Concealment of Death Vs. Concealment of a Homicide
Recently, a former Algonquin, Illinois resident pled not guilty to a number of crimes, including murder and the concealment of a homicide, according to the Chicago Tribune. The trial is ongoing at this time of this writing. While murder is the most serious type of crime, and first-degree murder is the most severely punishable type of murder charge, concealment of a homicide is a very serious offense in and of itself. However, there is a difference between concealment of a homicide and concealment of a death.
Concealment of Death
The difference between concealment of death and concealment of a homicide is that concealment of death involves a death that did not occur by means of murder. According to Illinois statute 720 ILCS 5/9-3.5, concealment of death occurs when a person knowingly conceals the death of any other person who died by other than homicidal means.” Concealment of death is defined as more than simply withholding information. By concealing a death, the defendant is charged with allegedly performing an act to either prevent or delay the discovery of that death. Concealment of death is a class 4 felony, punishable by one to three years in prison and a fine of up to $25,000. Concealment of death occurs when a person:
- Knowingly conceals (misleads or lies about the death); or
- Knowingly moves the body of a dead person from the place that they died with the intent of concealing the person’s identity, how they died or the identity of another person who has information about the death.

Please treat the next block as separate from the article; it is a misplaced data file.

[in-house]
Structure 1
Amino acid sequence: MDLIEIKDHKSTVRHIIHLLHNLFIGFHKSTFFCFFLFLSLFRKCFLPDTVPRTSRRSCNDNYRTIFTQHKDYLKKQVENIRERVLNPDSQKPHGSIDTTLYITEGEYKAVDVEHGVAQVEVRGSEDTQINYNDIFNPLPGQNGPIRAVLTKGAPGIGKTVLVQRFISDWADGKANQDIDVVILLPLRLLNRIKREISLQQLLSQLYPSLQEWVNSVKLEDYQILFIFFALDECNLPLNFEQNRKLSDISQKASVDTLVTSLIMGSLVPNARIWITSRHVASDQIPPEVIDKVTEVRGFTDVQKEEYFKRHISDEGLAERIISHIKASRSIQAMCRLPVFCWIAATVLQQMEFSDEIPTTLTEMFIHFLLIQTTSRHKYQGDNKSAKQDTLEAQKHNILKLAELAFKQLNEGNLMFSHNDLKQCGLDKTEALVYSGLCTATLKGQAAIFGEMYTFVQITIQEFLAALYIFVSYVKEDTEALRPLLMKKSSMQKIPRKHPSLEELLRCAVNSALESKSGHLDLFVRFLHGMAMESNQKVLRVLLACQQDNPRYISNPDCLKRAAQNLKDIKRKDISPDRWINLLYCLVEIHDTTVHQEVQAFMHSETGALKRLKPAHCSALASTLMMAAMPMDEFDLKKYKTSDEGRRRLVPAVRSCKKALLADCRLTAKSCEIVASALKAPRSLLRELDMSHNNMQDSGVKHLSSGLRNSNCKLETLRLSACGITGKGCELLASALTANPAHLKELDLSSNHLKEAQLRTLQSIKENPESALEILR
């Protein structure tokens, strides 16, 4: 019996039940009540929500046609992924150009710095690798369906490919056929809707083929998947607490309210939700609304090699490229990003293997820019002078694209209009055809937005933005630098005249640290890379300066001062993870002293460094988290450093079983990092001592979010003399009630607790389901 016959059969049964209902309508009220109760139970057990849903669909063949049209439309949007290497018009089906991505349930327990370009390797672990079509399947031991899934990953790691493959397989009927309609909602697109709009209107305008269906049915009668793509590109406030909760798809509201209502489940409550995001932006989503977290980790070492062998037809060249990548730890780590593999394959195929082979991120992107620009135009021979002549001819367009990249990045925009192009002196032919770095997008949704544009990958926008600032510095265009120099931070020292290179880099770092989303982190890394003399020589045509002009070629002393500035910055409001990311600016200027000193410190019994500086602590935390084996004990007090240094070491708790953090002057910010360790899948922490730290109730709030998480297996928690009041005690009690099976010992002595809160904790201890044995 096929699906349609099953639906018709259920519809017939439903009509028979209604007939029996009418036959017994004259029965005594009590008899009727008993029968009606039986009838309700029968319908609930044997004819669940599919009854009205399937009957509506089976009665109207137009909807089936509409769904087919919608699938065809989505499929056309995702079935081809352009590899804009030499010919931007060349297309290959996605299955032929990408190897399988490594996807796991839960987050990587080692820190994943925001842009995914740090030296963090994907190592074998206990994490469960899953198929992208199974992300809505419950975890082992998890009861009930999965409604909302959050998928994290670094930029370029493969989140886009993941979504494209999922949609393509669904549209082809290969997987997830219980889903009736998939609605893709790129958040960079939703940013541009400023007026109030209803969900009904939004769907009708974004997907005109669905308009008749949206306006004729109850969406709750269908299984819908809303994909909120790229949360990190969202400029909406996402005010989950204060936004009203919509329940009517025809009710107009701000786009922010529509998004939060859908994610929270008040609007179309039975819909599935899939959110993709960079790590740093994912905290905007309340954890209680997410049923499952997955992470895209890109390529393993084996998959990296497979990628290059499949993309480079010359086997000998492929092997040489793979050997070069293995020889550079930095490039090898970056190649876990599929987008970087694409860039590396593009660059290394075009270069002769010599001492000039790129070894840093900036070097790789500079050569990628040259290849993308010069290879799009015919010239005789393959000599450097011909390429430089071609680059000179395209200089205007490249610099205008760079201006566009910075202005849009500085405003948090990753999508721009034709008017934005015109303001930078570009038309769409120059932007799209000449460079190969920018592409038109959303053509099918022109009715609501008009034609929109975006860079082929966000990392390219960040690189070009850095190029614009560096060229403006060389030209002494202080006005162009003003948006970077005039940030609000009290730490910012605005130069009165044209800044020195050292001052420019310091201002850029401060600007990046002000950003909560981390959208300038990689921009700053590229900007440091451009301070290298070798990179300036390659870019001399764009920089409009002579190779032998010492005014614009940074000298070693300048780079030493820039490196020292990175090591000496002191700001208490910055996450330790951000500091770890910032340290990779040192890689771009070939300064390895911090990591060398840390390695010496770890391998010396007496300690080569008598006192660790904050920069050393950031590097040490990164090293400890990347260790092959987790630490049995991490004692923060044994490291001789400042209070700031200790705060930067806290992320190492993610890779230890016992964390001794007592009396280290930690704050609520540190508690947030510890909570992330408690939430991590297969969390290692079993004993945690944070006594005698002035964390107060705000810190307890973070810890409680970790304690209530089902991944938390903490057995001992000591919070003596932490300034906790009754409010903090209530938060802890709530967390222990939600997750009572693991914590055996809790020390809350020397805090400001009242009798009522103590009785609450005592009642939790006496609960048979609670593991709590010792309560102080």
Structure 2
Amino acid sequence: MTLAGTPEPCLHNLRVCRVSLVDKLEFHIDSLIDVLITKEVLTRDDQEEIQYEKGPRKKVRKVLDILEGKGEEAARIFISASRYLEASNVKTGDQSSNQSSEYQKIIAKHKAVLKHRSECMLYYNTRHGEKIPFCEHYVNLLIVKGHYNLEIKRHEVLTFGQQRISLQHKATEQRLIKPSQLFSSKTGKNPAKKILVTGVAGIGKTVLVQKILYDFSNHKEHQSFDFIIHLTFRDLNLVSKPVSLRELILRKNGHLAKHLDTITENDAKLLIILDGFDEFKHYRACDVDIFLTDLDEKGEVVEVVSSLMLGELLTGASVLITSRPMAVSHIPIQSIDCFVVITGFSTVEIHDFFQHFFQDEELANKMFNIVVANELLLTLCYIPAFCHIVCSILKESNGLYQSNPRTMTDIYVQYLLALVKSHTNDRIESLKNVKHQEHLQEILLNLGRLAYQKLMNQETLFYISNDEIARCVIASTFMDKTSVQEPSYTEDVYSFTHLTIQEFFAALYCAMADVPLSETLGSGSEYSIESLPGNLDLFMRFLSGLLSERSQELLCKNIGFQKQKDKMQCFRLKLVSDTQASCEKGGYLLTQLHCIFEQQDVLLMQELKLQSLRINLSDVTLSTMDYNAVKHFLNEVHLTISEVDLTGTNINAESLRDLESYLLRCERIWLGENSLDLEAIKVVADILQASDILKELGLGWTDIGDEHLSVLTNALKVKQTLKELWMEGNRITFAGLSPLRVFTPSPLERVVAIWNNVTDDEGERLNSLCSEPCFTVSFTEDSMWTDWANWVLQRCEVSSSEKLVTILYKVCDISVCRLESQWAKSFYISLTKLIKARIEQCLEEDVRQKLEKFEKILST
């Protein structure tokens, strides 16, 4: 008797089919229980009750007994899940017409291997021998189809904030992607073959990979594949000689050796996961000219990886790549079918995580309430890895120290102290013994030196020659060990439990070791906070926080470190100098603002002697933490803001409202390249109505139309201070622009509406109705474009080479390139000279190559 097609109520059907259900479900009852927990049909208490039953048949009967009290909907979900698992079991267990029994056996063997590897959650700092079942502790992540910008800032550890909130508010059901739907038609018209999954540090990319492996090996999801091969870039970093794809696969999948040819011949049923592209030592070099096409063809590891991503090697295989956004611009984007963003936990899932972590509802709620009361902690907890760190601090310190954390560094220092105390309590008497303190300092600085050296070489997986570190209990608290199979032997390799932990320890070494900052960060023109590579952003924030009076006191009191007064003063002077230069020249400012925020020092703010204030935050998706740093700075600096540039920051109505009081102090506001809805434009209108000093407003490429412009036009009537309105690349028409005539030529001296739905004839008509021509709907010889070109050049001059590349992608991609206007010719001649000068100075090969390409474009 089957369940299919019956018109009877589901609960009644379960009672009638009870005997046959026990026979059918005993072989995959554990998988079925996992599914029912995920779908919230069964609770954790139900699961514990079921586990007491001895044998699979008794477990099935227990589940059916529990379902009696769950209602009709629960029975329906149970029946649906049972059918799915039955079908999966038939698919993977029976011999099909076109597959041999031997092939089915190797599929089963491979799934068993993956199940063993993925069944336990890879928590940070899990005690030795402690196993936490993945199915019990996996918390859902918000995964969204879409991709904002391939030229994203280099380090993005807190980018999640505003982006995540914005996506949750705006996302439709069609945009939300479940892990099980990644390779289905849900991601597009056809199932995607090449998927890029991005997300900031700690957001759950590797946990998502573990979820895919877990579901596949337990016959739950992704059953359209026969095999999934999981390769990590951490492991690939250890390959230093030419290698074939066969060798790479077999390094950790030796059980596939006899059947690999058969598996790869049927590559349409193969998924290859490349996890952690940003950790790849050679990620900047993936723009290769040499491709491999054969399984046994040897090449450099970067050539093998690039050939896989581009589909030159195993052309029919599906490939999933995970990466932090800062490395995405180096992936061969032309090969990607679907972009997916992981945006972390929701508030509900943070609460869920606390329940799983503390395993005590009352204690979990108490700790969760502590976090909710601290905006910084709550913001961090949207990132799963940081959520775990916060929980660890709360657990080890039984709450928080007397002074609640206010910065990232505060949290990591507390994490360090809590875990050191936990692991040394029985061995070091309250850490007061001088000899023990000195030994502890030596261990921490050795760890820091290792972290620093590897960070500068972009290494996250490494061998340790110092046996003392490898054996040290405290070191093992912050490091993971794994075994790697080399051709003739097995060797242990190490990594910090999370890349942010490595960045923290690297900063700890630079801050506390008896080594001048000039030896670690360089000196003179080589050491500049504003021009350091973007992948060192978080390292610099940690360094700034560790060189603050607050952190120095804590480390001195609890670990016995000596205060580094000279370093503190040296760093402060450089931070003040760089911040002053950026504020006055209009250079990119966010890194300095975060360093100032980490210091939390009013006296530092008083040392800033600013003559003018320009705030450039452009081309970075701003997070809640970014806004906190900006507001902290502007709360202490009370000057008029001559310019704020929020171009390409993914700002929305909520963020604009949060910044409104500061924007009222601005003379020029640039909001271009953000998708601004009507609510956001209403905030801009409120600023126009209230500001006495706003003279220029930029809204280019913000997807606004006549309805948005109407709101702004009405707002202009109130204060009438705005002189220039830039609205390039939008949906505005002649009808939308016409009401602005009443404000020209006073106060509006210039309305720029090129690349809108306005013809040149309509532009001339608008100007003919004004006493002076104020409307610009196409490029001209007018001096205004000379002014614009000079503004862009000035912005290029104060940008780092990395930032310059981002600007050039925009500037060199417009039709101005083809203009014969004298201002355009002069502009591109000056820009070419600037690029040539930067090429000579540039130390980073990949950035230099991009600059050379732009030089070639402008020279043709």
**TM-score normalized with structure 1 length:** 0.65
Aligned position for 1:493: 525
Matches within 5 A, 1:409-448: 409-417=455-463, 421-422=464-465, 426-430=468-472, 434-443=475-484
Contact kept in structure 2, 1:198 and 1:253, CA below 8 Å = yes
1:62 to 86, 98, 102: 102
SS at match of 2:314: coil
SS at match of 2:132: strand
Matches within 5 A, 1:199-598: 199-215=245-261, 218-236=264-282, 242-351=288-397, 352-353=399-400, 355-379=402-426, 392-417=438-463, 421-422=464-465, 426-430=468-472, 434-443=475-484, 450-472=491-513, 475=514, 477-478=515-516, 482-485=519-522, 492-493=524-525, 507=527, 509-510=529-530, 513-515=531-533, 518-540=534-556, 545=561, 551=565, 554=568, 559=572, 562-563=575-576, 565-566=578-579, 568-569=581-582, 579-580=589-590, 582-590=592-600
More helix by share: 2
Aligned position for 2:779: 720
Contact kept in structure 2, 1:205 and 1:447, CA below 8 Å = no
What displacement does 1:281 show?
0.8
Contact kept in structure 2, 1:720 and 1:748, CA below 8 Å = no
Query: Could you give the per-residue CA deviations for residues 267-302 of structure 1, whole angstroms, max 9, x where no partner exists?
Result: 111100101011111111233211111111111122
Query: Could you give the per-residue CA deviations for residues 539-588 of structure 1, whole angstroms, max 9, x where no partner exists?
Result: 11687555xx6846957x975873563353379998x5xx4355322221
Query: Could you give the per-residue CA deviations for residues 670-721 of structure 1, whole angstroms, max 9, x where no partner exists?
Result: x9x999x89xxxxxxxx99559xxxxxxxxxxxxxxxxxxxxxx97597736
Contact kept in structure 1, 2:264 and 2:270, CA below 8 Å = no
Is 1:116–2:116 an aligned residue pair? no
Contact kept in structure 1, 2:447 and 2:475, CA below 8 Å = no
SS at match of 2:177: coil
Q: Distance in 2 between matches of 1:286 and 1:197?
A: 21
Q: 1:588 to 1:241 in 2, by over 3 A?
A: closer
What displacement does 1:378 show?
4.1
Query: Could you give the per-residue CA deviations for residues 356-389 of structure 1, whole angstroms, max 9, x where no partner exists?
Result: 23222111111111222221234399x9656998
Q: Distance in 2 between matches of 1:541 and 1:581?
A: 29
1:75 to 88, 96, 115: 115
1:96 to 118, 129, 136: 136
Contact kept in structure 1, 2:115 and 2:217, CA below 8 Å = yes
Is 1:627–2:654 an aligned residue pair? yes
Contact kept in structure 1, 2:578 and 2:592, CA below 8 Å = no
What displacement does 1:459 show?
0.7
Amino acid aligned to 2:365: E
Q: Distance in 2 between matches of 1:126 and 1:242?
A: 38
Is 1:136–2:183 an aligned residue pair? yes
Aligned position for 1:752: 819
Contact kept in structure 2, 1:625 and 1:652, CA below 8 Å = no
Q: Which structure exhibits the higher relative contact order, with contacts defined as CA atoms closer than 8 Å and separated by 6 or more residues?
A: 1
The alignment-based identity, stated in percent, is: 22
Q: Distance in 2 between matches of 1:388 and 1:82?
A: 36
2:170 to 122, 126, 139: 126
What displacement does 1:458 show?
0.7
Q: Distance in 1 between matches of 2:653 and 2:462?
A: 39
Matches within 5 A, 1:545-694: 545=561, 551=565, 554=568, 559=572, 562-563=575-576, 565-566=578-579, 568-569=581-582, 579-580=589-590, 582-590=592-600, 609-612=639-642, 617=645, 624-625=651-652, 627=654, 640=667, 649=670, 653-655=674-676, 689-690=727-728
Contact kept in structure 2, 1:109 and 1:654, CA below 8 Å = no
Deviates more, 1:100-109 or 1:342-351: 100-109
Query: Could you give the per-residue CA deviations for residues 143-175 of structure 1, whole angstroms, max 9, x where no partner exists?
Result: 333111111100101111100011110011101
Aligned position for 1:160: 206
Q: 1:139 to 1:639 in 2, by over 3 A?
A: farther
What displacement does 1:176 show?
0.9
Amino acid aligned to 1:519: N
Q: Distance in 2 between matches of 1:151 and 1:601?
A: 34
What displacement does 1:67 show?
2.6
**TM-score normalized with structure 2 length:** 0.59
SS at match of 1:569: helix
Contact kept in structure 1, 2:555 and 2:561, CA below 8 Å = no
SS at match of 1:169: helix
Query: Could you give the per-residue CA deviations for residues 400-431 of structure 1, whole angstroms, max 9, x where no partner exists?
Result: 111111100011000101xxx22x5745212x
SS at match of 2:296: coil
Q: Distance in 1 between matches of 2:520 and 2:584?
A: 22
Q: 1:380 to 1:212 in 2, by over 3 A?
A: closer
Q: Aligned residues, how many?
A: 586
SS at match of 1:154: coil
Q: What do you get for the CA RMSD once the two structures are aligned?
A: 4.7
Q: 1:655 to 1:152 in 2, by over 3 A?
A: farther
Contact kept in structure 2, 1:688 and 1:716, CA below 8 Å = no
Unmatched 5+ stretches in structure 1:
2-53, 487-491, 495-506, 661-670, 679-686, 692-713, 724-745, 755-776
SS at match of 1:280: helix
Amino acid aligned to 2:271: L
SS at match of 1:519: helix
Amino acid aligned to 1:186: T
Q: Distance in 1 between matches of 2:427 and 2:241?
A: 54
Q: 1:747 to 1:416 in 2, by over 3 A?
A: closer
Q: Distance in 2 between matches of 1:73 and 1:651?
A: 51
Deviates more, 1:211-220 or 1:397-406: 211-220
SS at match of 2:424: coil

Concealment of a Homicide
Concealment of a homicide is a greater crime than that of concealment of death. It is charged as a class 3 felony, which is punishable by two to five years in prison and a maximum fine of $25,000. Concealment of a homicide, according to statute 720 ILCS 5/9-3.4 is knowingly concealing a death when that person has knowledge that the death was caused by homicidal means. Concealing information regarding the murder, lying to authorities about said information, or moving a body can all be construed as concealing a homicide when that person knows that the death was caused by murder. A defendant can also be charged with first-degree murder, second-degree murder, or manslaughter in addition to concealment of a homicide, which are all even more serious crimes.
If You Have Been Charged With Any Crime, Contact a Skilled Attorney Today for Help
Concealment of a homicide and concealment of death are both grave crimes that can put even a first time offender away in prison for years. If you are facing charges for either of these felonies, we strongly urge you to contact our passionate Naperville criminal defense attorneys at Law Office of Glenn M. Sowa, LLC today to discuss your legal options.